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Ethel May Dell
This eBook from the Gutenberg Project consists of approximately 447 pages of information about The Bars of Iron.

He paused very definitely for a reply to this.  Mr. Lorimer’s mouth was drawn down at the corners, but he looked into the fire with the aloofness of a mind not occupied with mundane things.

Tudor faced him and waited with grim resolution; but several seconds passed ere his attitude seemed to become apparent to the abstracted Vicar.  Then with extreme deliberation his eyelids were raised.

“Excuse me, doctor!  My thoughts were for the moment elsewhere.  Yes, you have my permission to tell her that.  And—­I agree with you.  It seems advisable to remove the elder children from her influence without delay.  I shall therefore take steps to do so.”

Tudor nodded with a shrug of the shoulders.  It did not matter to him in what garb his advice was dressed, so long as it was followed.

“Very well,” he said.  “I am now going to settle Gracie, and I shall tell her you have issued a free pardon all round, and no more will be said to anyone.  I was told one of the boys was in hot water too, but you can let him off for once.  You’re much more likely to make him ashamed of himself that way.”

Mr. Lorimer resumed his contemplation of the fire without speaking.

Tudor turned to go.  He was fairly satisfied that he had established peace for the time being, and he was not ill-pleased with his success.

He told himself as he departed that he had discovered how to deal with the Reverend Stephen.  It had never occurred to him to attempt such treatment before.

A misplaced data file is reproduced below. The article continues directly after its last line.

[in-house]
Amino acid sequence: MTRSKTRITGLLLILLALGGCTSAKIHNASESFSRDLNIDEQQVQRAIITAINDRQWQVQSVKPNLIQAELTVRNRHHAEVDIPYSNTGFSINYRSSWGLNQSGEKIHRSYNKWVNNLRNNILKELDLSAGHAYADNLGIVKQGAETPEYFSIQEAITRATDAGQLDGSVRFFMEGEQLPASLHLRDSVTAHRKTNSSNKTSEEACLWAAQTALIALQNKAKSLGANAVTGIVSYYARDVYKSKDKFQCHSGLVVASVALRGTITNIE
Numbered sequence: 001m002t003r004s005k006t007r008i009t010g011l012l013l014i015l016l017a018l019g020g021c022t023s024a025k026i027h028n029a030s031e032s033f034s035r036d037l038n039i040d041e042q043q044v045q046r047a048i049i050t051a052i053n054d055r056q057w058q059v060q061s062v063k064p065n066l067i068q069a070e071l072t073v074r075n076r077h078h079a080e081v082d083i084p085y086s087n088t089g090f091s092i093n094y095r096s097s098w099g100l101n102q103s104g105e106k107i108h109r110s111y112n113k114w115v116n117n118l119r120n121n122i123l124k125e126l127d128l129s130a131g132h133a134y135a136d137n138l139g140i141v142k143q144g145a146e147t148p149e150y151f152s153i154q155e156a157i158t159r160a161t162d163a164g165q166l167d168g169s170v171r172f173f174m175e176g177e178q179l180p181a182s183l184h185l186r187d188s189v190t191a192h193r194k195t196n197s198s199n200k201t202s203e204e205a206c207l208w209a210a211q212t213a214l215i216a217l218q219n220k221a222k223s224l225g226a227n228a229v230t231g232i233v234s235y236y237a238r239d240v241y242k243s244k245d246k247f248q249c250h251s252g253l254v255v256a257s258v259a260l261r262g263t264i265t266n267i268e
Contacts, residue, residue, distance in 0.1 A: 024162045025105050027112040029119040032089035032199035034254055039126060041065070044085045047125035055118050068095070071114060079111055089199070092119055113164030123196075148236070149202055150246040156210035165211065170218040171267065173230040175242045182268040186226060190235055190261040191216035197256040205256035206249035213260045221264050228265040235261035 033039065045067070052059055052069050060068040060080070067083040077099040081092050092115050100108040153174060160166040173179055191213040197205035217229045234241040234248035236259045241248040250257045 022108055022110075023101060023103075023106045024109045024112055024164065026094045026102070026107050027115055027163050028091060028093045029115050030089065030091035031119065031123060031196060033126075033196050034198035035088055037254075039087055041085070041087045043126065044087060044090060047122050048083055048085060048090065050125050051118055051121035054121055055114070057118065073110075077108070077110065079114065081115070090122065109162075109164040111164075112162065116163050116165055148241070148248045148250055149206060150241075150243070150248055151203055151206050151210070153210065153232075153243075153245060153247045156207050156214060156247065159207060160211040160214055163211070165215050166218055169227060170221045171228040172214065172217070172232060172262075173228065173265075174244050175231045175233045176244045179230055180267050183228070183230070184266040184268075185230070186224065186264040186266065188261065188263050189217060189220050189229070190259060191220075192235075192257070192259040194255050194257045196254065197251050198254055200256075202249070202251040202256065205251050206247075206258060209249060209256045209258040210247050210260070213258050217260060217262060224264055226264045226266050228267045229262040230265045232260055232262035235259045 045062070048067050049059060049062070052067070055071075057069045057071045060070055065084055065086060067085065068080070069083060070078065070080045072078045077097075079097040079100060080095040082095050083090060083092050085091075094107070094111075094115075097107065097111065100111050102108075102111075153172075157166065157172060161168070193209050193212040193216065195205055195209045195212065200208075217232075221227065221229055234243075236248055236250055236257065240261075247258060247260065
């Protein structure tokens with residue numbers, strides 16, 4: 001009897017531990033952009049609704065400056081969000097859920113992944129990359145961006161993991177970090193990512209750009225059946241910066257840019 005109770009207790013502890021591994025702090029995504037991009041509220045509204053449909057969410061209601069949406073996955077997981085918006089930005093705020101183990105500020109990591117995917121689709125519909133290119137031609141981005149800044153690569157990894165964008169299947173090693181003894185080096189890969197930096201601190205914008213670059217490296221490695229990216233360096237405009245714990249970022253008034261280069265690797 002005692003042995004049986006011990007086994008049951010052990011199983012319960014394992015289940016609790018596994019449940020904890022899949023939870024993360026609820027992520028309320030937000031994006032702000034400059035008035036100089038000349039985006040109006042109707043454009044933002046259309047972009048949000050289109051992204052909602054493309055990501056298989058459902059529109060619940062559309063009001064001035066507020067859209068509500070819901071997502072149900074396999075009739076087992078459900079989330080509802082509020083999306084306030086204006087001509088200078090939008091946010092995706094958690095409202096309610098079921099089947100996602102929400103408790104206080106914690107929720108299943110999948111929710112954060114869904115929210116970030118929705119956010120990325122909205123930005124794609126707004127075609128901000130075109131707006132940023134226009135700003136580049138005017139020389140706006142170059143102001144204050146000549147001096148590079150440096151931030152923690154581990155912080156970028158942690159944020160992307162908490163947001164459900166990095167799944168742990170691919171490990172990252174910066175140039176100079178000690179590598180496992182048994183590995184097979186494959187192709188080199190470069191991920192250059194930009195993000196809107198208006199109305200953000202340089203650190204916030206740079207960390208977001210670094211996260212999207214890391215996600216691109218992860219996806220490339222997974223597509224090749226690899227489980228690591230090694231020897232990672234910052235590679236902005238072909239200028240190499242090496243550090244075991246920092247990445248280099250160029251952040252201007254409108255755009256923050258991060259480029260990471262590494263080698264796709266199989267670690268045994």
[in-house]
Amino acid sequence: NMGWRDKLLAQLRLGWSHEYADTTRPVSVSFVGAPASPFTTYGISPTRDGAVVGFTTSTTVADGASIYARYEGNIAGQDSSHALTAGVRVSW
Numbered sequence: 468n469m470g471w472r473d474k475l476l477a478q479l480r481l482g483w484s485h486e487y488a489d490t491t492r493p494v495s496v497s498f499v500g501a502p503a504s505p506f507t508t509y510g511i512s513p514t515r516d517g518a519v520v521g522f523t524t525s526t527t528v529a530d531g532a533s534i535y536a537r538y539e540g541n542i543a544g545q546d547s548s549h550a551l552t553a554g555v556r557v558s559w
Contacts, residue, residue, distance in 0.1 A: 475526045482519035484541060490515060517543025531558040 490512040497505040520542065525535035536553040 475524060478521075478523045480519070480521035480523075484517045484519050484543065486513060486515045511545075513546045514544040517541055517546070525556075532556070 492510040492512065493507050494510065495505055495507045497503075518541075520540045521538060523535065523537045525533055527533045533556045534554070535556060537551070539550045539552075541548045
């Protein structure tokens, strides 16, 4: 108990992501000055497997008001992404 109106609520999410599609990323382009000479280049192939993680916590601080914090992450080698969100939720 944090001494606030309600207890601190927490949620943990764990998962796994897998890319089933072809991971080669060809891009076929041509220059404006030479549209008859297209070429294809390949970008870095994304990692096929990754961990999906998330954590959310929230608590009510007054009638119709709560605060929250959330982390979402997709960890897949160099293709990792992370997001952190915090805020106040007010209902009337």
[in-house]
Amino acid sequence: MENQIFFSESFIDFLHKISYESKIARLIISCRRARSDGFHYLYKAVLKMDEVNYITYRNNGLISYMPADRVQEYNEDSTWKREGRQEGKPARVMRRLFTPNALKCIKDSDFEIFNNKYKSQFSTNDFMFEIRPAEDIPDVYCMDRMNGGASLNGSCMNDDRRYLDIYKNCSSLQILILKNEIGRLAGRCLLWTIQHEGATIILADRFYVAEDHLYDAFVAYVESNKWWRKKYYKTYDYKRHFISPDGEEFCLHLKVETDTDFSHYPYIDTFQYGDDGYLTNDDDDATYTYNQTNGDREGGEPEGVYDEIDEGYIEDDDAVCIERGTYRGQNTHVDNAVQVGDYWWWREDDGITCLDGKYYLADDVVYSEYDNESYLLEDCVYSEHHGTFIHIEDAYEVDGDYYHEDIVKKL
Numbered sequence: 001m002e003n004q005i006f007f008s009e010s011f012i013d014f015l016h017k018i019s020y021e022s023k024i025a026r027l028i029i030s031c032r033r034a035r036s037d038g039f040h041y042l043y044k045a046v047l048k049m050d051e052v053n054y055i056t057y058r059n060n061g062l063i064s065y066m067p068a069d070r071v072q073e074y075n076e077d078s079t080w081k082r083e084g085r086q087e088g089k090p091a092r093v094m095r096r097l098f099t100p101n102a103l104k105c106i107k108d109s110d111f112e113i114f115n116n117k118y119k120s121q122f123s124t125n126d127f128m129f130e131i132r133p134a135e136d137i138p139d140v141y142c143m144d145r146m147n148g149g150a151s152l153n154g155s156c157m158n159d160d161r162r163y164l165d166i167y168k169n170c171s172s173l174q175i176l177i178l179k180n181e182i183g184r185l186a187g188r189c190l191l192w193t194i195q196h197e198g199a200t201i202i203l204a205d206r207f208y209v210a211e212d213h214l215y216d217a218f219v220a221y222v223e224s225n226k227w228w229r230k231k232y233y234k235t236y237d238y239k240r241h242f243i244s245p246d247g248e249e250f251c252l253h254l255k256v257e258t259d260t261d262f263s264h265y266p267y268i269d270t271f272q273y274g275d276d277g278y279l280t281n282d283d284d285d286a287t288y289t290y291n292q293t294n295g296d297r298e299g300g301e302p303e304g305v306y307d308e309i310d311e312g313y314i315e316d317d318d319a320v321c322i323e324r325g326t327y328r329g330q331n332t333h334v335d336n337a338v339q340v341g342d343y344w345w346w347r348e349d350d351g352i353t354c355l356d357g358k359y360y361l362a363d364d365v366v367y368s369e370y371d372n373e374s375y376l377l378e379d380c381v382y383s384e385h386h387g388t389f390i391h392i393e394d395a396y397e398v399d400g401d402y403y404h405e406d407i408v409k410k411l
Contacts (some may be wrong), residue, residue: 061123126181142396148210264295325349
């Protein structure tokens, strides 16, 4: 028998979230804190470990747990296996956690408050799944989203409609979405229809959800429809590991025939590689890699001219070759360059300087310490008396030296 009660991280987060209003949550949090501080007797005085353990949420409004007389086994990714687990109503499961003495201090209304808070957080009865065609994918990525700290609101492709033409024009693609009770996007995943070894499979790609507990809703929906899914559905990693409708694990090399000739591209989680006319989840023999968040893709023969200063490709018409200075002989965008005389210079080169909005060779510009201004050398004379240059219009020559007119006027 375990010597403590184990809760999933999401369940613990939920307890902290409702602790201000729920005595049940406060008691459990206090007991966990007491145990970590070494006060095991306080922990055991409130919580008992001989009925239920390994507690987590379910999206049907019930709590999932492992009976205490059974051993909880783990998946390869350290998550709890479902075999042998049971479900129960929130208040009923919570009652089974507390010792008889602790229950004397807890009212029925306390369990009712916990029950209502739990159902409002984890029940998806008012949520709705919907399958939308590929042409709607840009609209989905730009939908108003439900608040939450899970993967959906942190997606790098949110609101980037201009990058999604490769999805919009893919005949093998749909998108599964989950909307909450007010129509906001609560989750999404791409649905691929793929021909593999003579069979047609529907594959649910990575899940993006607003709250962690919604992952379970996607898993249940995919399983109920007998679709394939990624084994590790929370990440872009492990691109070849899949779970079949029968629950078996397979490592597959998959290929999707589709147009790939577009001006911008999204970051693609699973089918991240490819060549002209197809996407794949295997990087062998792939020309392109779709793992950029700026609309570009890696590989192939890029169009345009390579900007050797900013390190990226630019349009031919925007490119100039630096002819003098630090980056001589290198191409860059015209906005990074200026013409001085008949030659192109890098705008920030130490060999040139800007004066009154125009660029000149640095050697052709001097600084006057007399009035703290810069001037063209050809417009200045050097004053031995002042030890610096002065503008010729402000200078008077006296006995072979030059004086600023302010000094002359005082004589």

To Avery later he gave but few details of the interview, but she could not fail to see his grim elation and smiled at it.

“I am to stay then, am I?” she said.

“If you will graciously consent to do so,” said Tudor, with his brief smile.

“I couldn’t do anything else,” she said.

“I’m glad of that,” he said abruptly, “for my own sake.”

And with that very suddenly he turned the subject.

CHAPTER XXI

THE ENCHANTED LAND

At ten o’clock that night, Avery went round to bid each child good-night.  She found Gracie sleeping peacefully with her bed pushed close to Jeanie’s.  The latter was awake and whispered a greeting.  On the other side of the room Olive slept the sleep of the just.  Avery did not pause by her bed, but went straight to Jeanie, who held her hand for a little and then gently begged her to go to bed herself.

“You must be so tired,” she said.

Avery could not deny the fact.  But she had arranged to sleep in Mrs. Lorimer’s room, so she could not look forward to a night without care.  She did not tell Jeanie this, however, but presently kissed her tenderly and stole away.

She visited the younger boys, and found them all asleep; then slipped up to the attic in which the elder lads slept.

She heard their voices as she reached the closed door.  She knocked softly therefore, and in a moment heard one of them leap to open it.

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